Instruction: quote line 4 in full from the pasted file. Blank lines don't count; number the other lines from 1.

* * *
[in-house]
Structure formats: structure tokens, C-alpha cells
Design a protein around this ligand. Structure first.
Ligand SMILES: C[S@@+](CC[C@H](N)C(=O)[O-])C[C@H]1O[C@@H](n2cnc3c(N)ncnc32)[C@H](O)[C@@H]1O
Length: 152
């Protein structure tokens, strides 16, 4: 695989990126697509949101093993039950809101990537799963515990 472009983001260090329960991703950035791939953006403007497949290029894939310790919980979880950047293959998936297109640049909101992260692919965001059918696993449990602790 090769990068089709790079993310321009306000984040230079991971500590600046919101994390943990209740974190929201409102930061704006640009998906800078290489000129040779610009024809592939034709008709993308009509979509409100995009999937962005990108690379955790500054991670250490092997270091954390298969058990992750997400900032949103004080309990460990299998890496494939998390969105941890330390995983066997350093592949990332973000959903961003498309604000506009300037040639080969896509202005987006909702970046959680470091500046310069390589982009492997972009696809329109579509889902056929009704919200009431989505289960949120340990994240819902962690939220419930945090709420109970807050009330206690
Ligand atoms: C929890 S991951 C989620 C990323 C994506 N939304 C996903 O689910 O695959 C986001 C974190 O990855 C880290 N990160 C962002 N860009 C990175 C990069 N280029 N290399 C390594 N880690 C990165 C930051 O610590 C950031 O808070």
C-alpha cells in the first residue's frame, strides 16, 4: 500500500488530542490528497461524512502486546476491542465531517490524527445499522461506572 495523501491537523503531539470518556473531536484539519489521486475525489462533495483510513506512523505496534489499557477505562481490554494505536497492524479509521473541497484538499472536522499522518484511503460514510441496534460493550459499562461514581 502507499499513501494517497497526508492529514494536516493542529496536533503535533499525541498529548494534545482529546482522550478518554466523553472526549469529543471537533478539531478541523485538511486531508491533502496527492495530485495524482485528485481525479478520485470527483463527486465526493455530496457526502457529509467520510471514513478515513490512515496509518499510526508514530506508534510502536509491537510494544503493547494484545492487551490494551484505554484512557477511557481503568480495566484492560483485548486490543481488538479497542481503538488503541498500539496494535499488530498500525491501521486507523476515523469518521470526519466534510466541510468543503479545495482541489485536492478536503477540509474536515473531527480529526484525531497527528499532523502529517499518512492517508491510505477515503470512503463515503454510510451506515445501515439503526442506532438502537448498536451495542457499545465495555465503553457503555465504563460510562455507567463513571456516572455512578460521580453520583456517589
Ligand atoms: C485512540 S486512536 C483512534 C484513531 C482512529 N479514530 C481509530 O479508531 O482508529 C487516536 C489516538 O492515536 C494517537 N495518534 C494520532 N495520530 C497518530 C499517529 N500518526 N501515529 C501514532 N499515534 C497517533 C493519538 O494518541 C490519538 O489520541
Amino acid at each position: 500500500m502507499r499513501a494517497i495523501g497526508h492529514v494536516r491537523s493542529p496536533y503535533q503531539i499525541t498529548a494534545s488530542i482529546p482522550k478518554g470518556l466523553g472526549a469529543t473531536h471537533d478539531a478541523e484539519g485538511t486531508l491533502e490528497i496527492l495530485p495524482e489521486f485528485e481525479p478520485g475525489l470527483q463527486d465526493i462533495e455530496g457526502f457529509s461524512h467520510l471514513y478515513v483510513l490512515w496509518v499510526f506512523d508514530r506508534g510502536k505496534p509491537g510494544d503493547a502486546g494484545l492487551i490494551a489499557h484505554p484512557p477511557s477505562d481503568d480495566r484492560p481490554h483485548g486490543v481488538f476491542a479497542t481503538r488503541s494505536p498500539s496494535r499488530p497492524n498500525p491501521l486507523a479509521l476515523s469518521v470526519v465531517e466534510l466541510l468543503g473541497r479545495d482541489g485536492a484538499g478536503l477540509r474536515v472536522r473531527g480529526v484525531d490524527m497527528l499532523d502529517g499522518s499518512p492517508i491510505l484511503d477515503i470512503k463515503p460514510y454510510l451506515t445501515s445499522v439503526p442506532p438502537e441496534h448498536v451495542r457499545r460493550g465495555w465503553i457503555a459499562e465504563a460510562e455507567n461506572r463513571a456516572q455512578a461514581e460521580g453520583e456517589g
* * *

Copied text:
Ligand SMILES: C[S@@+](CC[C@H](N)C(=O)[O-])C[C@H]1O[C@@H](n2cnc3c(N)ncnc32)[C@H](O)[C@@H]1O